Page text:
Occasionally, other sources can at first appear contradictory to Scripture. However, upon closer examination, the discrepancy is usually found to be in traditional thought rather than in Scripture. Also, I have come to realize that it’s the original language of the Bible that is inerrant; as I said before, only the Greek and Hebrew. Thus, in many cases it’s critical to refer to the original Hebrew or Greek in order to have a clearer understanding of the original intended meaning. And that’s really what all Bible study is about. It’s all about digging deeper and deeper and deeper, ever deeper into the Word and finding out what was really meant by the writer. You can’t do that by just reading the King James. How do you know?

Now the centerpiece of the Rod of an Almond Tree in God’s Master Plan was the crucifixion, resurrection and ascension of Jesus Christ. And they usually use the term “Yeshua” or “Messiah Yeshua.” In examining these events, many new ideas will be revealed. Some of these ideas conflict with traditional teaching, but the intent of the research is not meant to generate controversy for the sake of controversy; rather, it is to demonstrate that these events leading up to the crucifixion were divinely orchestrated. All the little details were part of a whole, overall pattern. And thus, it becomes apparently and abundantly clear that every detail fits into the prophetic picture that is painted in the Old Testament. This picture is a masterpiece of precision beyond anything humanly possible and leaves no doubt that Yeshua is the Messiah.

Let me just mention one thing that comes out of the Old Testament: It says in one place that none of His bones were broken. And you put all those little details together like that one, and you look at the story of Jesus’ crucifixion, and you find out that they all line up. None of His bones were broken. They went around to break the legs of everybody so that they could die before sundown, and they didn’t have to break His legs, because He was already dead. So no bones were broken. And the same thing with the Passover lamb.

Interestingly, God formed the light out of darkness. This chapter is called The Light of the Messiah, meaning that on account of darkness, light had to be revealed. He’s got a lot of footnotes that he lists here, but I’m not going to say, well, that came out of the Jewish Encyclopedia, or that came out of the Midrash, or whatever – we don’t time for that.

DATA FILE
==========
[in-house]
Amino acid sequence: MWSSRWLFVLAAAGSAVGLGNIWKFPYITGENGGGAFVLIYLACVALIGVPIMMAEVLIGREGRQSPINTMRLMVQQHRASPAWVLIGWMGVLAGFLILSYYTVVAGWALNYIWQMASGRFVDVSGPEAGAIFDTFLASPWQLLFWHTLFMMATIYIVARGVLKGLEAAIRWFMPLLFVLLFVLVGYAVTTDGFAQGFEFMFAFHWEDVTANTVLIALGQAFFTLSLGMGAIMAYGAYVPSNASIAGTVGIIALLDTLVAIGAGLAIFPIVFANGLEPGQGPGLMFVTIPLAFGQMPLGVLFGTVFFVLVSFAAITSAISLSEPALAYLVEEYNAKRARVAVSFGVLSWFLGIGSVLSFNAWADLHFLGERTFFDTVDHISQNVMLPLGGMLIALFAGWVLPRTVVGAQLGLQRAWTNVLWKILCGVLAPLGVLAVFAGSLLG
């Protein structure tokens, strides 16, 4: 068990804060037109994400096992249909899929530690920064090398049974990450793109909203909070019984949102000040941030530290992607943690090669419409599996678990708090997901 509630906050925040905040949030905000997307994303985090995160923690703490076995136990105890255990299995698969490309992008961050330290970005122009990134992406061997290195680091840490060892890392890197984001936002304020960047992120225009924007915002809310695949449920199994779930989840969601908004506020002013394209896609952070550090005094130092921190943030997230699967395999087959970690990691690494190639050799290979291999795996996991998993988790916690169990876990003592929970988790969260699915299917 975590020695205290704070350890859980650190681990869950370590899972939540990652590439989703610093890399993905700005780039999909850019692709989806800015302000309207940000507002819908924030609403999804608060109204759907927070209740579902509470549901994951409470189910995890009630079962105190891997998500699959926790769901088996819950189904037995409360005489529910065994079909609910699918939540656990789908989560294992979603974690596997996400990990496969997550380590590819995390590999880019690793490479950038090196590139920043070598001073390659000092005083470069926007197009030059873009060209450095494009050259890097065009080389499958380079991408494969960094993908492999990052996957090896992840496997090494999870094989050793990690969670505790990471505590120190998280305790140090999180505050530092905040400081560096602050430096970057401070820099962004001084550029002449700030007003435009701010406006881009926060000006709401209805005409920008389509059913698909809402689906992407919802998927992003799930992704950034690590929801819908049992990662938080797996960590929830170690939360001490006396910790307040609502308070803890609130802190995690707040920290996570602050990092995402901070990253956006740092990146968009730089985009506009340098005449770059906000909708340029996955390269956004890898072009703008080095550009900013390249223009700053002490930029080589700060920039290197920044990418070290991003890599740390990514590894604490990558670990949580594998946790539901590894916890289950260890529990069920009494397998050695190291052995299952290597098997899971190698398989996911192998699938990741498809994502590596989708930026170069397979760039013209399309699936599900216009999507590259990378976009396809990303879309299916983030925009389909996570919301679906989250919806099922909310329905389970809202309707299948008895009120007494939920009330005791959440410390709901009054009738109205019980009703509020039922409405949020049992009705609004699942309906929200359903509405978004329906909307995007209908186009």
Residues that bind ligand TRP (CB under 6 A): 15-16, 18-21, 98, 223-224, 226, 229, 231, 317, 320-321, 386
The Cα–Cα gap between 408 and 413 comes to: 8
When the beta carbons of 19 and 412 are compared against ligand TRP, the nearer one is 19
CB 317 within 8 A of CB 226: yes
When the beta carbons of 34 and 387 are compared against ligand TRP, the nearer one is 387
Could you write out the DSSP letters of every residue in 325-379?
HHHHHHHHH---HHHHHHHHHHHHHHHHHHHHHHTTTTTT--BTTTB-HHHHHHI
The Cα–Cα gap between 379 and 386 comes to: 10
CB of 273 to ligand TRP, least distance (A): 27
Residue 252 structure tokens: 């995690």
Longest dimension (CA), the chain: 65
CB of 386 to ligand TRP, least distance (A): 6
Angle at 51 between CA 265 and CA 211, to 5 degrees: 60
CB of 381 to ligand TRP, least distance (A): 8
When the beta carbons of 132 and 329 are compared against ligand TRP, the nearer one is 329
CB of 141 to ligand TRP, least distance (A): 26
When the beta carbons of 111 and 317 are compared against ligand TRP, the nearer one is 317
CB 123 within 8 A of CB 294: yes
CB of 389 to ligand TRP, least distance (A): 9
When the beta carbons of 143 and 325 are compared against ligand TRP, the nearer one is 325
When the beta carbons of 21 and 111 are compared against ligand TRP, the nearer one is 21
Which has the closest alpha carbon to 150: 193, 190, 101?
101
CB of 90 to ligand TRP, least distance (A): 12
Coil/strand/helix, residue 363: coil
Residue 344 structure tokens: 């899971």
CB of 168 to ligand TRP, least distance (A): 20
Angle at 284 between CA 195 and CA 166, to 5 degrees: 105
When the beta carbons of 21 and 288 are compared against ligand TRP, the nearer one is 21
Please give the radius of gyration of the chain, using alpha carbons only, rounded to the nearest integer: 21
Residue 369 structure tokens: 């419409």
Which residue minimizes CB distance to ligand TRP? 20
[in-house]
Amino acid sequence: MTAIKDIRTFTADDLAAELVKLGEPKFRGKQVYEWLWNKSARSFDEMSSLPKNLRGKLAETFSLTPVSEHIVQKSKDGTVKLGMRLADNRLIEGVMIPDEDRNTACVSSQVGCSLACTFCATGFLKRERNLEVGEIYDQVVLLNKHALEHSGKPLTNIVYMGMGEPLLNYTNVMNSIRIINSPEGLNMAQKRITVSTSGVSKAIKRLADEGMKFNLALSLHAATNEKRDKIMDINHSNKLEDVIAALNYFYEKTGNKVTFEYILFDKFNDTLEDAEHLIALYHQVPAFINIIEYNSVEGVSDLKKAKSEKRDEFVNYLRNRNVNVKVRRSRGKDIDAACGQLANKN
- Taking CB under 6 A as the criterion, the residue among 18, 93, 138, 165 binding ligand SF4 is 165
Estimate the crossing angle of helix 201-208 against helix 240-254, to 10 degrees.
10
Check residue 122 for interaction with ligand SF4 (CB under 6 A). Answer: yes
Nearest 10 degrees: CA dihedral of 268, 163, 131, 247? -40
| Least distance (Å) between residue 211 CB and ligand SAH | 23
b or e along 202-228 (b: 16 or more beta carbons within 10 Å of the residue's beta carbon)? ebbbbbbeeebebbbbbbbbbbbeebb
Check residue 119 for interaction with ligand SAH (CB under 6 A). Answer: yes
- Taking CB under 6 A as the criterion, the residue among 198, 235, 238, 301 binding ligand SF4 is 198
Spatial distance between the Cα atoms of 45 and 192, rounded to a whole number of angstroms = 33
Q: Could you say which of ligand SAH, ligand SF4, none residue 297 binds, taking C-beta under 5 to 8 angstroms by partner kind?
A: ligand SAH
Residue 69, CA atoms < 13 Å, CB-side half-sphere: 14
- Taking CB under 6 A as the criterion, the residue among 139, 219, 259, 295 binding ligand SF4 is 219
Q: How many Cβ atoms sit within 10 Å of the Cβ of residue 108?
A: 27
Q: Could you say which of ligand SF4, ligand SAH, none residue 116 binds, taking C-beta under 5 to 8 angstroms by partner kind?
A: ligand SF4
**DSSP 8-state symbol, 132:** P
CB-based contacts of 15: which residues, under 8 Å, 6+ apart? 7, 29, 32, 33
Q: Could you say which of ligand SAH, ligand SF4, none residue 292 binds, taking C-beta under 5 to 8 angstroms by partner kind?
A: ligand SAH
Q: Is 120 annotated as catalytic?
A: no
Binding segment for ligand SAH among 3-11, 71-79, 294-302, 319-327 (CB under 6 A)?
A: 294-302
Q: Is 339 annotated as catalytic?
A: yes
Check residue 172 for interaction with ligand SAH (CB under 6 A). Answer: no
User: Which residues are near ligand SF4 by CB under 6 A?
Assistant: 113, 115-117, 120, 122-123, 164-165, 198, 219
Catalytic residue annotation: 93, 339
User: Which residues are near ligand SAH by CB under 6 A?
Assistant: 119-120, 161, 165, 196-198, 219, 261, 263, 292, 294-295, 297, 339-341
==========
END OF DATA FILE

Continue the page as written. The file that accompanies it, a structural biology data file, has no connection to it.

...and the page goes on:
As light overcame darkness in the spiritual realm, so too this pattern became mirrored in the physical realm, the natural realm. That’s why day follows night. Day follows night. And why night and day – first night, then day – are considered one day. That’s the way it reads: The evening and the morning were the first day. So first we have night. So the Jewish timetable embodies this concept with each new day beginning at sunset, followed by daylight, and ending just before the following sunset. So the Jewish day is from sunset to sunset, not from sunrise to sunrise, like we usually think, or from midnight to midnight.

So there’s a confusion here, because it says in verses 3 to 5, it says that, “Let there be light,” the very first thing, “Let there be light.” “God said, Let there be light.” But wait a minute, what light could that possibly be, because it wasn’t until day four – not day one, but day four – that He created the sun, the moon and the stars. Well, wait a minute, where did that light come from?

I want you to think the word “aura.” A clear distinction can be made between the nature of light in verse 16 (that’s the one with the sun and moon), as compared to the light referred to in verses 3 to 5. One of the most brilliant Jewish sages, Rabbenu Malbim, raised a profound question: Why is the light of Day One, called “or,” and of Day Four called “meoroth”? It’s two different words! That clears it up right there, even if you don’t know the answer. The answer is found to be in the realization that the light of the word, “In the beginning was the Word,” says John; the Messiah, in other words, on Day One, preceded the light of the sun and the reflected light of the moon on Day Four. As David wrote in Psalm 104 when he described the Lord as creator, verse 1: “Bless the Lord, O my soul! O Lord my God, Thou art very great; Thou art clothed with splendor and majesty.” Verse 2: “Covering Thyself with light as with a cloak, stretching out the heaven like a tent curtain.”

Everything on earth has an aura: Trees, bugs, us; everything has an aura. We generate infrared waves in our bodies, in our cells. If our bodies were perfect, as Adam’s was when he was created, we would shine. Moses got a dose of it when he came down from the mountain after the Ten Commandments, he was shining, and they thought he was a ghost! So the way I picture this is, God said to the Word – it wasn’t Jesus at that time; He would become Jesus later on – but He said to the Word, He said, turn your light on so I can see what I’m doing here! He turned on the shop light in order to do the work of the creation! It was Jesus’ aura, the Light of the world, that got turned on there.

Now let’s get to the Garden of Eden. Where was the Garden of Eden? Well, like I said at the beginning, there’s a lot of conjecture about that. And that’s what most of it is; it isn’t backed up by Scripture at all. Scripture seems not to be clear enough to pin it down. We’ve got four rivers. That’s the only thing – all we can say is, where is Eden? What does it say? Well, significantly, the Hebrew word “Qedem,” which translates as “east,” is derived from the Hebrew word for “Eden.” In fact, “Qedem” – and that’s with a capital Q, east, already occurs in Egyptian writings in 1900 B.C. as a land near Canaan. Qedem is a land near Canaan.